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Ihde v. United of Omaha Life Insurance Co.

United States District Court, D. Colorado

November 14, 2017

LAURA IHDE, Plaintiff,


          Nina Y. Wang, United States Magistrate Judge.

         This matter comes before the court on Defendant United of Omaha Life Insurance Company's (“United”) Motion to Dismiss Plaintiff's Second Claim for Relief (Amended Complaint) (“Motion to Dismiss” or “Motion”) [#70, filed August 25, 2017]. The undersigned considers the Motion pursuant to 28 U.S.C. § 636(b), the Order Referring Case dated June 1, 2017 [#18], and the memorandum dated August 25, 2017 [#71]. Upon careful review of the Motion, the relevant case law, the entire docket, and the comments offered at the November 2, 2017 Motion Hearing, this court respectfully RECOMMENDS that United's Motion to Dismiss be GRANTED.


         Plaintiff initiated this action on April 5, 2017. [#1]. Plaintiff suffers from severe and disabling injuries and illnesses that render her disabled, see [id. at ¶¶ 26-32 (detailing Plaintiff's ailments)]-the Social Security Administration found Ms. Ihde completely disabled for Social Security Disability Insurance and Supplemental Security Income purposes. [Id. at ¶¶ 14-15]. Plaintiff is a beneficiary of and participant in the Generational Equity, LLC Employee Benefits Health & Welfare Plan (the “Plan”), an employee welfare benefit plan as that term is defined under Employee Retirement Income Security Act (“ERISA”), 29 U.S.C. § 1001 et. seq. [Id. at ¶¶ 2, 6-8]. The Complaint named Generational Equity, LLC (“Generational Equity”); the Plan; and United, a fiduciary and insurer of the Plan, as Defendants in this action for unlawfully withholding benefits and violating ERISA. [#1].

         Plaintiff alleges that she filed claims with the Plan for Short Term and Long Term Disability (“LTD”) benefits, and that the Plan approved and paid ($5, 000 per month) those claims through November 20, 2014. [Id. at ¶¶ 16-18]. However, according to Plaintiff, United, acting on behalf of the Plan, terminated payments on November 20, 2014, and issued a denial of benefits letter on November 21. [Id. at ¶¶21-22]. Plaintiff administratively appealed this denial that same day. [Id. at ¶ 23]. United, acting on behalf of the Plan, upheld its denial of benefits, despite medical evidence proffered by Plaintiff, on April 28, 2015. [Id. at ¶ 36].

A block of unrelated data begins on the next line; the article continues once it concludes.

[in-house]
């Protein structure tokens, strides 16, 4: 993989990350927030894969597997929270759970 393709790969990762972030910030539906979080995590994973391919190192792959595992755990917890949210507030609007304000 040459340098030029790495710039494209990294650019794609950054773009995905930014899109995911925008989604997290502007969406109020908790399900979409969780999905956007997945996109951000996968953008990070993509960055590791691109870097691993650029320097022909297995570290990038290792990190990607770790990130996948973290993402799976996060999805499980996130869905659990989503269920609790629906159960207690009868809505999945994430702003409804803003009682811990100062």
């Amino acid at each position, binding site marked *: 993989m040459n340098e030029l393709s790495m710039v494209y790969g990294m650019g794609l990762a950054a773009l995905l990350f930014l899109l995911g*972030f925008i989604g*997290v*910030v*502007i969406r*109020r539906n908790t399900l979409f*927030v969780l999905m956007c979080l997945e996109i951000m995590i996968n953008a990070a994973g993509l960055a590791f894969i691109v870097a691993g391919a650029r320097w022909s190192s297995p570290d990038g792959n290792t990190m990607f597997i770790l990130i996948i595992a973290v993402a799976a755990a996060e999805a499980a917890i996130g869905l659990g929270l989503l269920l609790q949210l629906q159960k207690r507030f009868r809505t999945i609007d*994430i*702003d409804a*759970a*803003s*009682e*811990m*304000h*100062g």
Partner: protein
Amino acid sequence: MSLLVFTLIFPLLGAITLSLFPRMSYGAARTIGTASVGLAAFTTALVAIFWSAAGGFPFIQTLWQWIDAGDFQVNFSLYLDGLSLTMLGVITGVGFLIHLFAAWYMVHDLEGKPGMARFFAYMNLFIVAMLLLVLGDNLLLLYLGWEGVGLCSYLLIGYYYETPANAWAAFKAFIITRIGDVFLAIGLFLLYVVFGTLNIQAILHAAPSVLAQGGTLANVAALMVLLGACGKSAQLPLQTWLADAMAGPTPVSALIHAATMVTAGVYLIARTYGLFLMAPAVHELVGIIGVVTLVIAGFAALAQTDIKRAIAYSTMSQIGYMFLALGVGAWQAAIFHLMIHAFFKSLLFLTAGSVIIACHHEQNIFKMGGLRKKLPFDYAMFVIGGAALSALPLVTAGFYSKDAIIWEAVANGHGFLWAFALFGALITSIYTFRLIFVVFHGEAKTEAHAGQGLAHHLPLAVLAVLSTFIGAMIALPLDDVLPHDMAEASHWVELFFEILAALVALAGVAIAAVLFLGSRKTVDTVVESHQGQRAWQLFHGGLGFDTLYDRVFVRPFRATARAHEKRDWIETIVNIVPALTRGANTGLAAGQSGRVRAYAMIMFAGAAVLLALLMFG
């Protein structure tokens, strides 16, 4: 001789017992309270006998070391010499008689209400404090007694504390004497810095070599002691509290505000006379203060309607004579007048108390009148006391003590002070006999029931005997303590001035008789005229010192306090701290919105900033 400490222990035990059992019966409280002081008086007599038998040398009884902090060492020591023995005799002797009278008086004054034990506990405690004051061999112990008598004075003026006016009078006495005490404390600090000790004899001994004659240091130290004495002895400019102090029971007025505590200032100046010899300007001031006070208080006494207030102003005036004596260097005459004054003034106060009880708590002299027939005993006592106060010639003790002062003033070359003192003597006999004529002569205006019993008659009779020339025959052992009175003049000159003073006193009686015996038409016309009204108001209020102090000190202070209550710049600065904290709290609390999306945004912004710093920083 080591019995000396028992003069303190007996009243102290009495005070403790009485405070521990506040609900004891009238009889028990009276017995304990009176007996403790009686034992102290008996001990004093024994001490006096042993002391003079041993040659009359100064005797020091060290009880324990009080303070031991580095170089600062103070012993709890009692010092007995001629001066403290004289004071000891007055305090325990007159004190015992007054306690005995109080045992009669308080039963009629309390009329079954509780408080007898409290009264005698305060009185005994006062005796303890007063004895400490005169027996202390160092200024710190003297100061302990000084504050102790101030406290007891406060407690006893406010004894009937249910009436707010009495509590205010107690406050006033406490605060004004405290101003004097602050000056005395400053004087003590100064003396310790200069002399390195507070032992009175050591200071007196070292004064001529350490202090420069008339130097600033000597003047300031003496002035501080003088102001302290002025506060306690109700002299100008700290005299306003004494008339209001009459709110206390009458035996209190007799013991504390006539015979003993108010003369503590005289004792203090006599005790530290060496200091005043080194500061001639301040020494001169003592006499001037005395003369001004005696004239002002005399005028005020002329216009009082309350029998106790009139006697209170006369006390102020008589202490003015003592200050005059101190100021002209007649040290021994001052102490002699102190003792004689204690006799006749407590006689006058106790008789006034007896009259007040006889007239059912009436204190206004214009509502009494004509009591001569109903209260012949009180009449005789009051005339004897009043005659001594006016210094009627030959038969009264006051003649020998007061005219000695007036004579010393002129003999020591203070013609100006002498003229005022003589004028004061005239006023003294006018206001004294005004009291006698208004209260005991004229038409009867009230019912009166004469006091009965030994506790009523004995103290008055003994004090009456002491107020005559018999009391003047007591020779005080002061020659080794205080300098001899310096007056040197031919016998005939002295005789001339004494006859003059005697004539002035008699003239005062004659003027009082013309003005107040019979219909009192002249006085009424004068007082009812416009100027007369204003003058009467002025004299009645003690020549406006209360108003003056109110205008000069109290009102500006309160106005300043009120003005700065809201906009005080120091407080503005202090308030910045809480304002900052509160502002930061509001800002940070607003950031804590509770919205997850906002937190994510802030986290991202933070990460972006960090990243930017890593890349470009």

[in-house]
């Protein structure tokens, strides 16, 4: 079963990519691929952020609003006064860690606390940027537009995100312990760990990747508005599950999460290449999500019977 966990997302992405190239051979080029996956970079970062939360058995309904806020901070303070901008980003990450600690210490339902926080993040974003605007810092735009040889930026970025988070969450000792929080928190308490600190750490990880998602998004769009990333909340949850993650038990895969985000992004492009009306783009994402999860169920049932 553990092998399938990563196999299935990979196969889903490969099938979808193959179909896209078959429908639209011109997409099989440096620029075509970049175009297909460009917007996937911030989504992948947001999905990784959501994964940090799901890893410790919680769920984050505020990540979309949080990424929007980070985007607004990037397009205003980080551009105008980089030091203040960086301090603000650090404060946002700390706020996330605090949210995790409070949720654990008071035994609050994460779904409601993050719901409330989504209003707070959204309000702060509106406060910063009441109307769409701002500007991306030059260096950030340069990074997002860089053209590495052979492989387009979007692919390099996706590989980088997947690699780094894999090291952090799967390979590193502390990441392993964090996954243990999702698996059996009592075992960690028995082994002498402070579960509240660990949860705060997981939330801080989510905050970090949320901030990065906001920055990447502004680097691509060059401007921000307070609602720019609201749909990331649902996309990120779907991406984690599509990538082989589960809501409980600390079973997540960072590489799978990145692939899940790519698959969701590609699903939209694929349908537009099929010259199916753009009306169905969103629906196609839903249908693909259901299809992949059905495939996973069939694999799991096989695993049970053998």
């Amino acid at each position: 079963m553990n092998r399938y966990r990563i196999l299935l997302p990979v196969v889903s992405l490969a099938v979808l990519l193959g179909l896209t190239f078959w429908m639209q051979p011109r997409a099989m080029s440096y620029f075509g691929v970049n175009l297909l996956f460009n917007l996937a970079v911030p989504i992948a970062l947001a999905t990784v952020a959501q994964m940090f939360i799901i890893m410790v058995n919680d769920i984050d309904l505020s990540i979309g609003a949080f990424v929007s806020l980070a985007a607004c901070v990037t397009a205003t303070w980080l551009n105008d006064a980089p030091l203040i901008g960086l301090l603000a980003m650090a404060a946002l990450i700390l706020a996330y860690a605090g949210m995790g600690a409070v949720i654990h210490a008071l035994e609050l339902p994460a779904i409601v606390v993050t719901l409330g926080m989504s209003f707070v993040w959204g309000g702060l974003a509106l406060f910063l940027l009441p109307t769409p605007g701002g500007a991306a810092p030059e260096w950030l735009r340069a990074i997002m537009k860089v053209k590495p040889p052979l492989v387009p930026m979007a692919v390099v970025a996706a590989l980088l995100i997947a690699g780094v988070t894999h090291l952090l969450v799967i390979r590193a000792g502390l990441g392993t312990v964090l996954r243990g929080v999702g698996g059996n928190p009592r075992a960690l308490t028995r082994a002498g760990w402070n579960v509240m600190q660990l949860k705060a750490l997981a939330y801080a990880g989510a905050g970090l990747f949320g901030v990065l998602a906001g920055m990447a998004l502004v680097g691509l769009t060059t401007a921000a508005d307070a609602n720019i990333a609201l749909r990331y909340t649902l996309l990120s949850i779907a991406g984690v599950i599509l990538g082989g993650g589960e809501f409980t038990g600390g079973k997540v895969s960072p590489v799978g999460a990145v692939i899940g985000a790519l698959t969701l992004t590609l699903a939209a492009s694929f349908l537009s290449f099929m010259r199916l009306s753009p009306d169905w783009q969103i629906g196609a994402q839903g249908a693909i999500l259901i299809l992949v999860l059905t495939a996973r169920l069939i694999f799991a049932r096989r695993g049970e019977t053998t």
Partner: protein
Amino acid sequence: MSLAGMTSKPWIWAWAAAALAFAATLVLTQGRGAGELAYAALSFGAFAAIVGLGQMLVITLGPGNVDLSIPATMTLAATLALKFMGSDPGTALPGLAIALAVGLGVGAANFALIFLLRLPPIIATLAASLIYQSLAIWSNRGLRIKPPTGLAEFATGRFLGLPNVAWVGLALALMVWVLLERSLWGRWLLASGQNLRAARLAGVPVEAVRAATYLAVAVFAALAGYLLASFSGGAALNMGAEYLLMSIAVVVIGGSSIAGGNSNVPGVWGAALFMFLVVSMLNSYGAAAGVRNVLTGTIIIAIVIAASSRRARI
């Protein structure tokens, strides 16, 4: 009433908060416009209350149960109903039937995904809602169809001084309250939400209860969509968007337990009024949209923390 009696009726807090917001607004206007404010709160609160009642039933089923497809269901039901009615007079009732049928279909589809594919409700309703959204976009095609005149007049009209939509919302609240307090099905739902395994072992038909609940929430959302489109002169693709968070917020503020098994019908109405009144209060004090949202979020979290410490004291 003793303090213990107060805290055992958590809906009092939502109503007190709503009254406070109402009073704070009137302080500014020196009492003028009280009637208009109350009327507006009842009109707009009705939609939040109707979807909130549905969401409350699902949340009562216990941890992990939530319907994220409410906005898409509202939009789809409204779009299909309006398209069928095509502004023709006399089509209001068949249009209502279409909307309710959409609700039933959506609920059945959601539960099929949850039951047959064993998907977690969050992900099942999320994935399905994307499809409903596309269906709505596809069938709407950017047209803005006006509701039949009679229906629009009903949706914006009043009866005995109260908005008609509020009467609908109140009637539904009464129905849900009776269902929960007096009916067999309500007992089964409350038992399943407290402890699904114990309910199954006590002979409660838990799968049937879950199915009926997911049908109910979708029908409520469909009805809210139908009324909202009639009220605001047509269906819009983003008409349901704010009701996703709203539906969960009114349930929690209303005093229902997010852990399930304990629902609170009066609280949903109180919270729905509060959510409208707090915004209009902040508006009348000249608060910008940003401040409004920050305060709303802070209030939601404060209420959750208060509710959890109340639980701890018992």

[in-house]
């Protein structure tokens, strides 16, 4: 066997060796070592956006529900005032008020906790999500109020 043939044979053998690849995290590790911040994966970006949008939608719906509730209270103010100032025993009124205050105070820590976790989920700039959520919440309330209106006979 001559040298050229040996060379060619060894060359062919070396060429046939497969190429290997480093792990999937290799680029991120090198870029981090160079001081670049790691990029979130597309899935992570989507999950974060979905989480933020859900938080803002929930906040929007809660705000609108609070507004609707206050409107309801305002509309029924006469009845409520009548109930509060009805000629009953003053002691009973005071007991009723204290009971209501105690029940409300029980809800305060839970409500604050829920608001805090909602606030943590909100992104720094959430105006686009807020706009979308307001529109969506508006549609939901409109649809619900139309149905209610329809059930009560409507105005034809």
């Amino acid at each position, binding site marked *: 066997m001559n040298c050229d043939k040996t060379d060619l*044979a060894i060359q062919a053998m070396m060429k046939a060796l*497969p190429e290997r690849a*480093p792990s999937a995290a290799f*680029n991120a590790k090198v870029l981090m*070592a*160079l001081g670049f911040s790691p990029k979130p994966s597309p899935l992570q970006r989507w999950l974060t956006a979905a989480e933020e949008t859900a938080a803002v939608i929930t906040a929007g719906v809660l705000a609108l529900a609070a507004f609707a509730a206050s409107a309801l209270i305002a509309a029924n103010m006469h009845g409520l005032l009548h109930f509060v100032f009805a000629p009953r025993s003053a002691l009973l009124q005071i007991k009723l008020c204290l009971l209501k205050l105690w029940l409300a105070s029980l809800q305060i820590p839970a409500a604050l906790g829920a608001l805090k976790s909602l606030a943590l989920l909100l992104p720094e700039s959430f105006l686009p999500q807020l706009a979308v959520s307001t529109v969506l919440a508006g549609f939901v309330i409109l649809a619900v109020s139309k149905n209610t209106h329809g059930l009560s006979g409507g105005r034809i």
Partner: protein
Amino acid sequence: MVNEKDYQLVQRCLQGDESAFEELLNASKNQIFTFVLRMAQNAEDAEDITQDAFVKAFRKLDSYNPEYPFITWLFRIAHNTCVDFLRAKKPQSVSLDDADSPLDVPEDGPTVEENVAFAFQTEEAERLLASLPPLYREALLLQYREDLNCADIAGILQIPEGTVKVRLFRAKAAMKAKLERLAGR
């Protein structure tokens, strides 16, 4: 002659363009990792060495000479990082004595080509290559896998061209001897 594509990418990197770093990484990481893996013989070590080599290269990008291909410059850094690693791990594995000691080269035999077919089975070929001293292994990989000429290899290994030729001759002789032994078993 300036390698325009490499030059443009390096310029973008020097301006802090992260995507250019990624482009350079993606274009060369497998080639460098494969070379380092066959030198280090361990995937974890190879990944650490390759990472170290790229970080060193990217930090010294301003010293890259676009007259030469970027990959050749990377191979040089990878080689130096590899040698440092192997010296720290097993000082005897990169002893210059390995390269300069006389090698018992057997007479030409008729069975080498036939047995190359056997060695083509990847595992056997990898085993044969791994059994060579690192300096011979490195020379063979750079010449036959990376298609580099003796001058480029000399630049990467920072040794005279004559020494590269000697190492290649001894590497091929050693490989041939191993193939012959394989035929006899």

Plaintiff maintains that she continues to satisfy the definition of disability under the Plan, has done so since June 22, 2013, and is permanently disabled. [Id. at ¶¶ 37-38]. Plaintiff has exhausted her administrative remedies and, thus, filed this suit. [Id. at ¶ 39].

         Plaintiff's Complaint asserted three claims against the named Defendants. [#1]. First, that all Defendants unlawfully withheld LTD benefits under the Plan in violation of 29 U.S.C. § 1132(a)(1)(B) (“Claim I”). [Id. at 6-7]. Second, that Defendants Generational Equity and United, as fiduciaries of the Plan, breached their fiduciary duties owed to Plaintiff as a participant in the Plan under 29 U.S.C. §§ 1109(a) and 1132(a)(2) (“Claim II”). [Id. at 7-11]. Lastly, that Defendant Generational Equity failed to provide requested documents pursuant to 29 U.S.C. §§ 1132(a)(1)(A) and 1132(c)(1) (“Claim III”). [Id. at 11-17]. On May 18, 2017, Defendants Generational Equity and the Plan filed their Partial Motion to Dismiss seeking dismissal of Claims I and II under Rule 12(b)(6) of the Federal Rules of Civil Procedure, and an Answer to Claim III. [#7; #8]. In addition, United filed a Motion to Strike and a Motion to Dismiss Plaintiff's Complaint on June 2 and June 7, 2017, respectively. See [#21; #24].

         On June 7, 2017, Plaintiff filed a Motion for Extension of Time to Respond to the Partial Motion to Dismiss, indicating that she and Defendants Generational Equity and the Plan were engaged in meaningful settlement negotiations. [#26]. Then, on June 22, 2017, Plaintiff filed a Notice of Settlement informing the court that she had settled all of her claims against Generational Equity and the Plan, and that she would not file a response to their Partial Motion to Dismiss. [#34]. On August 3, 2017, Plaintiff filed a stipulation of dismissal dismissing Generational Equity and the Plan as Defendants. See [#56; #58].

         A Scheduling Conference regarding Plaintiff's remaining claims against United (Claims I and II) was held on June 23, 2017. See [#37]. At this Scheduling Conference, the undersigned set July 15, 2017 (later extended to July 25, 2017 [#47]) as the deadline for the Parties to submit the Administrative Record; August 15, 2017 as the deadline for the filing of any motion(s) requesting discovery; and also set a briefing schedule on the Administrative Record. See [#37; #38]. The undersigned also scheduled oral argument on the Motion to Dismiss for September 21, 2017 [#37], later reset for November 2, 2017 [#72].